2

I'm a newbie of writing C++ addons in node.js.

And this is my module:

$ npm install simpleini

It's based on miniini-0.9. And my source is under src/simpleIni.cc. I've tried this module under Windows, OS X, Linux (Debian). It works well under Windows and OS X.

But when I ran in Linux, it appears that:

node: symbol lookup err: .../simpleIni.node: undefined symbol: _ZNK10INISection10ReadStringEPKcRS1_

Why?

3
  • er... we would need to see a little more of your code than the name or your source file. I'm unsure about how node.js C++ addons are delivered.... but if you have dynamic library (in unix) you can use nm to verify whether the failing symbol is defined or undefined. Does this name INISession10 ReadString rings any bell? something that you've declared and forgotten to define?
    – jsantander
    Apr 4 '14 at 17:01
  • sorry i've not pushed it to github yet. but you can get code through npm install. because it has more than one file. but my source file is just simpleIni.cc
    – XadillaX
    Apr 4 '14 at 17:09
  • Try removing the inline in src/miniini-0.9/miniini/src/inisection.cpp line 125....
    – jsantander
    Apr 4 '14 at 17:30
6

After some searching this is what I've found.

Doing:

$ nm -C build/Release/simpleIni.node  | grep ReadString
                 U INISection::ReadString(char const*, char const*&) const
00000000000032b0 t INISection::ReadString(char const*, char const*&) const [clone .part.11]
0000000000003f80 W INISection::ReadString(std::string const&, std::string&) const
00000000000081a0 T INISection::ReadStrings(char const*, char const**, unsigned int) const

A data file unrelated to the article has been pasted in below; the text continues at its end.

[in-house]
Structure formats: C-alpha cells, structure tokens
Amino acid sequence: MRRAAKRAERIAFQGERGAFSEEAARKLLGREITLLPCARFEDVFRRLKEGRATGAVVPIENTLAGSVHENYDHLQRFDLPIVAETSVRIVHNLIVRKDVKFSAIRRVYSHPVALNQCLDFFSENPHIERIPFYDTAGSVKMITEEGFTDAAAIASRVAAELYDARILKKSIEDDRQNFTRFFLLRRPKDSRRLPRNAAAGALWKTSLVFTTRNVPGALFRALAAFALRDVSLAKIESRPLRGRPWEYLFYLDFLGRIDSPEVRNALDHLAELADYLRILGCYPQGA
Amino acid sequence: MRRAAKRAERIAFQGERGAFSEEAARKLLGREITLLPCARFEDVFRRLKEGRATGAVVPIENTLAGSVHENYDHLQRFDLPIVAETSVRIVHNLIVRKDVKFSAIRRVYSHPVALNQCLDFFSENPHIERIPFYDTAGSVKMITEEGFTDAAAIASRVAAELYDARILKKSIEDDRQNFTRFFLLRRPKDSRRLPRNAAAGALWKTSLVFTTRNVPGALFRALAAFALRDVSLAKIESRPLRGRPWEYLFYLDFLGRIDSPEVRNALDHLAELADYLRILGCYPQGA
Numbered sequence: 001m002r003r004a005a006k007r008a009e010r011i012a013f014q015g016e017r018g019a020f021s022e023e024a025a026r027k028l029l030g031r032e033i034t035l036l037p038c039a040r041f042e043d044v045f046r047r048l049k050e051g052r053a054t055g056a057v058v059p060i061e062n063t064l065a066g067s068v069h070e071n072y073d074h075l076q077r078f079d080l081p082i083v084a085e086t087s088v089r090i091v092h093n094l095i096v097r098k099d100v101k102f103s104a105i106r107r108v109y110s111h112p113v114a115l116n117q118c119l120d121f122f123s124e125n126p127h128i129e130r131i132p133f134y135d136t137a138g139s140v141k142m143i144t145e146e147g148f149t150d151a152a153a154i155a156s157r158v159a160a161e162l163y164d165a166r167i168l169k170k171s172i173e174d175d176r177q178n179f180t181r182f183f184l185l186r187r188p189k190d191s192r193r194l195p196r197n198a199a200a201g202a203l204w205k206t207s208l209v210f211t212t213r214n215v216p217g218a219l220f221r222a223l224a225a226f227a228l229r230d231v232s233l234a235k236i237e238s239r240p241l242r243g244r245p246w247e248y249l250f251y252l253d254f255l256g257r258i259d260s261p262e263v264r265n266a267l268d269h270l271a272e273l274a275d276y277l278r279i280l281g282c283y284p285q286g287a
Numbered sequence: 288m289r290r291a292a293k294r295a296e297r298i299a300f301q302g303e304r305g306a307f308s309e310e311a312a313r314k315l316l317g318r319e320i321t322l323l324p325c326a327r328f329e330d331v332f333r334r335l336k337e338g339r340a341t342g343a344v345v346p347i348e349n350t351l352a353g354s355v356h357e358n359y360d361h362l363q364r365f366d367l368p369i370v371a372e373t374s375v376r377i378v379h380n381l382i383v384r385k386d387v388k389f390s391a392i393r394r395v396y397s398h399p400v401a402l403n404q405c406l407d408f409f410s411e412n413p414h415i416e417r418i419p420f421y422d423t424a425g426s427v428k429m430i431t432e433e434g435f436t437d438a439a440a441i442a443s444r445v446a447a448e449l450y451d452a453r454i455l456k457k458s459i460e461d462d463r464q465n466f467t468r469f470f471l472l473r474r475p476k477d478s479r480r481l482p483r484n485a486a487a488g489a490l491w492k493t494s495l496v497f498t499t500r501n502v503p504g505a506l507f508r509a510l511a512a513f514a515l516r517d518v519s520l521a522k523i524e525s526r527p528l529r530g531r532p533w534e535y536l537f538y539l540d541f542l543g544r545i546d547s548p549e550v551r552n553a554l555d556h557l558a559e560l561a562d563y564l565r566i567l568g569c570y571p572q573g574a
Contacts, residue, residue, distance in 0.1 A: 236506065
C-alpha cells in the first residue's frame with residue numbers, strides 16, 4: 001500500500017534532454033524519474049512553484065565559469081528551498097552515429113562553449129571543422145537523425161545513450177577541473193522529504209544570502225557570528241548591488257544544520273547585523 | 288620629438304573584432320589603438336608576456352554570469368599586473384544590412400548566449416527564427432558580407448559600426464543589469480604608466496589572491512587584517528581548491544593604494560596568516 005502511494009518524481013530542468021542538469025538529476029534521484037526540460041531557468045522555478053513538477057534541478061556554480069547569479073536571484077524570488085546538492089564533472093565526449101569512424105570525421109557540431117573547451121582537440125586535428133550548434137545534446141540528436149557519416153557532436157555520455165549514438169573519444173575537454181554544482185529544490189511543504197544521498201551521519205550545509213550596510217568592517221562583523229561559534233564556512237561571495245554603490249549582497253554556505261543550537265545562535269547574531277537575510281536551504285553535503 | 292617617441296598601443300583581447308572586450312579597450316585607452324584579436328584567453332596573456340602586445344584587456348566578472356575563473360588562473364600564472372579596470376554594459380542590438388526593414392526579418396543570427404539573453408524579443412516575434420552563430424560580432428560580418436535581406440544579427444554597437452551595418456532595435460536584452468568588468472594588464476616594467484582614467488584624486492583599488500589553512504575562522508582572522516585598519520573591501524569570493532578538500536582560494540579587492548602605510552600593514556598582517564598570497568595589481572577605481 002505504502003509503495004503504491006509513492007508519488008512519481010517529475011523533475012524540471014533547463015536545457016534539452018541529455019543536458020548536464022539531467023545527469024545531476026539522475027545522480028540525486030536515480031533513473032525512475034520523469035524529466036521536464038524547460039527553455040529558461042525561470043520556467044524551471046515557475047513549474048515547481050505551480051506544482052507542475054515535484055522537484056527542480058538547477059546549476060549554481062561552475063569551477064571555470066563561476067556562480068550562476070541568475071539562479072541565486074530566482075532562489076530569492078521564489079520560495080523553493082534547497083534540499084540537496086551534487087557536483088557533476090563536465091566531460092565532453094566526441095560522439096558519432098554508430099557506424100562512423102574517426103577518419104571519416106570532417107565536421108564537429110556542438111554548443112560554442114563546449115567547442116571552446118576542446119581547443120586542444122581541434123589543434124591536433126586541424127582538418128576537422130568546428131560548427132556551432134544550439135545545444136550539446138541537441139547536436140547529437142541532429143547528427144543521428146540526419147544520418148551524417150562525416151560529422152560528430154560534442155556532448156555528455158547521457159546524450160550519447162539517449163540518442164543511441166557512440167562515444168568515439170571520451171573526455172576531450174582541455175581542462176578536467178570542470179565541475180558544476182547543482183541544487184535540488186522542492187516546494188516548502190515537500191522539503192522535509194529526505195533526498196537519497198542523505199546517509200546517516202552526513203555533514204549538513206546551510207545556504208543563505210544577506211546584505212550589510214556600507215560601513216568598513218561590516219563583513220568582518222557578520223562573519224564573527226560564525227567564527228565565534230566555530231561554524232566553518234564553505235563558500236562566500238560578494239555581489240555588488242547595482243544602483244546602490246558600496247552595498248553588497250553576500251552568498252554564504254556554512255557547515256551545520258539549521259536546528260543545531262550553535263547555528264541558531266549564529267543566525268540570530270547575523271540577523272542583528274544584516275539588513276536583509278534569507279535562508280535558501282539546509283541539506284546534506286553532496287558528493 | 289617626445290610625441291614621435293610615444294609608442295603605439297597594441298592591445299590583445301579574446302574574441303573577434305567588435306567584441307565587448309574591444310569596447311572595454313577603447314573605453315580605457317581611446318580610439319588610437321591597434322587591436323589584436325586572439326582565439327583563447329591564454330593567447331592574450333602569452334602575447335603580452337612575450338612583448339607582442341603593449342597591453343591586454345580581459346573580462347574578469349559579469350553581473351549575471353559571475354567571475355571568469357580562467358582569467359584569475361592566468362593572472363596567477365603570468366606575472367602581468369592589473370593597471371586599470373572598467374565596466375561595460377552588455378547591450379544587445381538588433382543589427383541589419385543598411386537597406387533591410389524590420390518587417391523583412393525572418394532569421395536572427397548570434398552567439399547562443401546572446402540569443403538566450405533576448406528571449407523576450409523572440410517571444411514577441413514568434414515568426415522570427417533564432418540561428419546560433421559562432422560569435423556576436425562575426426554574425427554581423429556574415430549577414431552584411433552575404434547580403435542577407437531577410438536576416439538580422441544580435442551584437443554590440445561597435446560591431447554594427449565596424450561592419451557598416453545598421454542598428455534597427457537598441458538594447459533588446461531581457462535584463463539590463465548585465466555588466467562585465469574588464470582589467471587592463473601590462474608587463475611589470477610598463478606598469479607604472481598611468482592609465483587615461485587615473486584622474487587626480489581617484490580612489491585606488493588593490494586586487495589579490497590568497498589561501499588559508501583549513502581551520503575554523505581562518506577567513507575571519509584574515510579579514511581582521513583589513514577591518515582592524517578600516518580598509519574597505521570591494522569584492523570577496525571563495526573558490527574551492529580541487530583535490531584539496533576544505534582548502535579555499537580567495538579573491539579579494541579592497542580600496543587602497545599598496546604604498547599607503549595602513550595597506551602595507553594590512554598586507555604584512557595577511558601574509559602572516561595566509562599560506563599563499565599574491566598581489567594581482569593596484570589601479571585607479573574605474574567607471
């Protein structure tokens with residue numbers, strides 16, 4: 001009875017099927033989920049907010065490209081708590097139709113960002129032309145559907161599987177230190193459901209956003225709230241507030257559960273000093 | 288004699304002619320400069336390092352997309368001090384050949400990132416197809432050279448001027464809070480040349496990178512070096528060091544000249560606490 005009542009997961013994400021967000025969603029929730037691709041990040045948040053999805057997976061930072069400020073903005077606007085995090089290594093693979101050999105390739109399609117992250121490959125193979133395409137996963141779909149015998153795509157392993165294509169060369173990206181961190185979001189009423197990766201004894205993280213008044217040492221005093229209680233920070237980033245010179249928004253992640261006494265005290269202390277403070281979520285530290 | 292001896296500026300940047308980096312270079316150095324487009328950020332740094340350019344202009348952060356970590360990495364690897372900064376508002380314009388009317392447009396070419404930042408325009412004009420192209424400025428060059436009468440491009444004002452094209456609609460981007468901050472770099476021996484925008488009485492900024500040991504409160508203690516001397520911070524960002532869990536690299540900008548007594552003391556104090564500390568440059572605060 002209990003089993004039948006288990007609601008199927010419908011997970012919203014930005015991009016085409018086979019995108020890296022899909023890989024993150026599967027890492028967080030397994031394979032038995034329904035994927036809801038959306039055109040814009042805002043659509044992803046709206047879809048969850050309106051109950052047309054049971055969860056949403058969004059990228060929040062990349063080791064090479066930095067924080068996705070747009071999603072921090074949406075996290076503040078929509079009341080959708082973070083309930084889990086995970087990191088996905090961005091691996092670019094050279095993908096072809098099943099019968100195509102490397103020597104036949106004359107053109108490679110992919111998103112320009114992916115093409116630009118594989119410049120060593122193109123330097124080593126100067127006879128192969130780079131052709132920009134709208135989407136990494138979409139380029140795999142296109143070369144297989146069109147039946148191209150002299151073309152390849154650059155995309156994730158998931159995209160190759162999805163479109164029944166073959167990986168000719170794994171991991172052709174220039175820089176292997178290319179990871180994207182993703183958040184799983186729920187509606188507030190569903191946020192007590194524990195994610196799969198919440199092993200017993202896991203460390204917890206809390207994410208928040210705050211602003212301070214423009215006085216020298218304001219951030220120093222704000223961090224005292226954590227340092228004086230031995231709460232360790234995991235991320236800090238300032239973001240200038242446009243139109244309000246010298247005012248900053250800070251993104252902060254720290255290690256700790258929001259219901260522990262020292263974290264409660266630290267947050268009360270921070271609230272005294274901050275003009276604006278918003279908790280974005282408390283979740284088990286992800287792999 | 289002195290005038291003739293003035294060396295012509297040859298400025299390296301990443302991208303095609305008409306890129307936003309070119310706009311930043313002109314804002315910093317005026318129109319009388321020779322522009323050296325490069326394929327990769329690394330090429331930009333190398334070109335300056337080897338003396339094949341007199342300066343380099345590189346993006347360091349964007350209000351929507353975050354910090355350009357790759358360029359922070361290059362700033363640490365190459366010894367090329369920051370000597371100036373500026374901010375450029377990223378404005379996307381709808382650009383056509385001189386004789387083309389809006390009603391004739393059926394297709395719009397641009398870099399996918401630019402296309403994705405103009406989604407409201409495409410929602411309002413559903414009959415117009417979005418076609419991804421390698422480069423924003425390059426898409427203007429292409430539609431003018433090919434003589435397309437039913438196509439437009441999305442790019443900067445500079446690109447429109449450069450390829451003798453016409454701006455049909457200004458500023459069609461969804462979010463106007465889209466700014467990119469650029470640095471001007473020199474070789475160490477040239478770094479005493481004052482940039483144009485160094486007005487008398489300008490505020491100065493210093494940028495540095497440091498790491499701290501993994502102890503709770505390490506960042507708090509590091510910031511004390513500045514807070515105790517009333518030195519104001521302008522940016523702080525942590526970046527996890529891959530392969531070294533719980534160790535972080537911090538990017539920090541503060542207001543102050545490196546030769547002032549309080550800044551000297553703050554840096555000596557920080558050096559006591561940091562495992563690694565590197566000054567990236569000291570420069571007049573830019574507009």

0000000000008f20 T INISection::ReadStrings(std::string const&, std::vector<std::string, std::allocator<std::string> >&) const
000000000000bca0 r INISection::ReadString(char const*, char const*&) const::__PRETTY_FUNCTION__
000000000000b8a0 r INISection::ReadStrings(char const*, char const**, unsigned int) const::__PRETTY_FUNCTION__

So the key is the

                 U INISection::ReadString(char const*, char const*&) const

Which appears as undefined... Although there's another copy of the symbol

00000000000032b0 t INISection::ReadString(char const*, char const*&) const [clone .part.11]

Now we can search for this method in your code:

at src/miniini-0.9/miniini/include/inisection.h

class INISection
{
...
        bool ReadString(const char * const name, const char * & out) const;
}

And in src/miniini-0.9/miniini/src/inisection.cpp

inline bool INISection::ReadString(const char * name, const char * & out) const
{
...
}

Now the key is this inline. According to the C++ FAQ How do you tell the compiler to make a member function inline?

The reason you (almost always) put the definition (the {...} part) of an inline function in a header file is to avoid “unresolved external” errors from the linker. That error will occur if you put the inline function’s definition in a .cpp file and if that function is called from some other .cpp file.

removing the inline from the inisection.cpp and rebuilding we can try again the nm

$ nm -C build/Release/simpleIni.node  | grep ReadString
00000000000069a0 T INISection::ReadString(char const*, char const*&) const
0000000000003f70 W INISection::ReadString(std::string const&, std::string&) const
00000000000080e0 T INISection::ReadStrings(char const*, char const**, unsigned int) const
0000000000008d20 T INISection::ReadStrings(std::string const&, std::vector<std::string, std::allocator<std::string> >&) const
000000000000bc20 r INISection::ReadString(char const*, char const*&) const::__PRETTY_FUNCTION__
000000000000b7e0 r INISection::ReadStrings(char const*, char const**, unsigned int) const::__PRETTY_FUNCTION__

This time there are no undefined symbols and the ReadString appears only once.

2
  • So can I move the defination of the inline function to the header file instead?
    – XadillaX
    Apr 4 '14 at 22:53
  • @XadillaX... if you want to keep it inline, you should.
    – jsantander
    Apr 4 '14 at 22:58

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